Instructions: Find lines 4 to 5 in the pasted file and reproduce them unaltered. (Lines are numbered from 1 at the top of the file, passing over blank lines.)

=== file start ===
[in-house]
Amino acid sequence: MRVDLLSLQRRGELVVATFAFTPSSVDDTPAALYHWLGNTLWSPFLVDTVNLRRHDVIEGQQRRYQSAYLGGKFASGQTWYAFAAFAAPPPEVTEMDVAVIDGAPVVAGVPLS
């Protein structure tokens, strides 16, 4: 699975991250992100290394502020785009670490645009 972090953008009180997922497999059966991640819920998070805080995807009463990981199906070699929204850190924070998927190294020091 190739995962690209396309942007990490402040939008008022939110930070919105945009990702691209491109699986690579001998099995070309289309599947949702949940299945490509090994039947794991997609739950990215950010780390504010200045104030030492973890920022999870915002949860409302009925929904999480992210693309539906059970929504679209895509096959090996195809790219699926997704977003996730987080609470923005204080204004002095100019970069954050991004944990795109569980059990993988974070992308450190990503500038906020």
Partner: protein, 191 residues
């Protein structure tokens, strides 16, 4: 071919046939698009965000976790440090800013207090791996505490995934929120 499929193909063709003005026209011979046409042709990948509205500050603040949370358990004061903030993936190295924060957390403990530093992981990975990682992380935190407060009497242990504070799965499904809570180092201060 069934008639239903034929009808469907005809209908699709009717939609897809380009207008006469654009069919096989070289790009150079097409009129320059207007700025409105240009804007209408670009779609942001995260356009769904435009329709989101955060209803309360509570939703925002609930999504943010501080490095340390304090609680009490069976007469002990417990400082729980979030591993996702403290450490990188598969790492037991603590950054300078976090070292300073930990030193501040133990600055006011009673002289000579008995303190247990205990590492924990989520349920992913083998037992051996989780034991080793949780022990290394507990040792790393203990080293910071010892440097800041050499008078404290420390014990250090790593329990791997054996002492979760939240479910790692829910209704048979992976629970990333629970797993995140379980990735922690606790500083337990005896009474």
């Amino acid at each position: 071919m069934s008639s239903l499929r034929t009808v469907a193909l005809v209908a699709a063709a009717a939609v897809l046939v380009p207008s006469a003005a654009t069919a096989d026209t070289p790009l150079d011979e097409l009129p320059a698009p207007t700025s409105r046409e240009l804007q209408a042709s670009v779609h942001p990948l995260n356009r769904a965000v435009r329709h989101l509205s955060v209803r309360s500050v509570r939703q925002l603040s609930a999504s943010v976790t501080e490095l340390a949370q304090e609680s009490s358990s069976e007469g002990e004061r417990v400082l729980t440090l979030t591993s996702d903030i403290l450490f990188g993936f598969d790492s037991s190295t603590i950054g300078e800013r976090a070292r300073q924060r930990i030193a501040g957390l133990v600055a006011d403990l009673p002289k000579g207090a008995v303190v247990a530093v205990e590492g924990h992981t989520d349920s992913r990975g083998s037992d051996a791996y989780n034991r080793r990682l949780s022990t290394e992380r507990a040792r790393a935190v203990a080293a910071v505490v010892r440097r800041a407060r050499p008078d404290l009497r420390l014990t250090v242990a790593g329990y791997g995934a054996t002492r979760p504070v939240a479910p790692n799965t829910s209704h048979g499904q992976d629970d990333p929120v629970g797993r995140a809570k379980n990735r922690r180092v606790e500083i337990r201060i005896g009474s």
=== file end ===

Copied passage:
Partner: protein, 191 residues
């Protein structure tokens, strides 16, 4: 071919046939698009965000976790440090800013207090791996505490995934929120 499929193909063709003005026209011979046409042709990948509205500050603040949370358990004061903030993936190295924060957390403990530093992981990975990682992380935190407060009497242990504070799965499904809570180092201060 069934008639239903034929009808469907005809209908699709009717939609897809380009207008006469654009069919096989070289790009150079097409009129320059207007700025409105240009804007209408670009779609942001995260356009769904435009329709989101955060209803309360509570939703925002609930999504943010501080490095340390304090609680009490069976007469002990417990400082729980979030591993996702403290450490990188598969790492037991603590950054300078976090070292300073930990030193501040133990600055006011009673002289000579008995303190247990205990590492924990989520349920992913083998037992051996989780034991080793949780022990290394507990040792790393203990080293910071010892440097800041050499008078404290420390014990250090790593329990791997054996002492979760939240479910790692829910209704048979992976629970990333629970797993995140379980990735922690606790500083337990005896009474």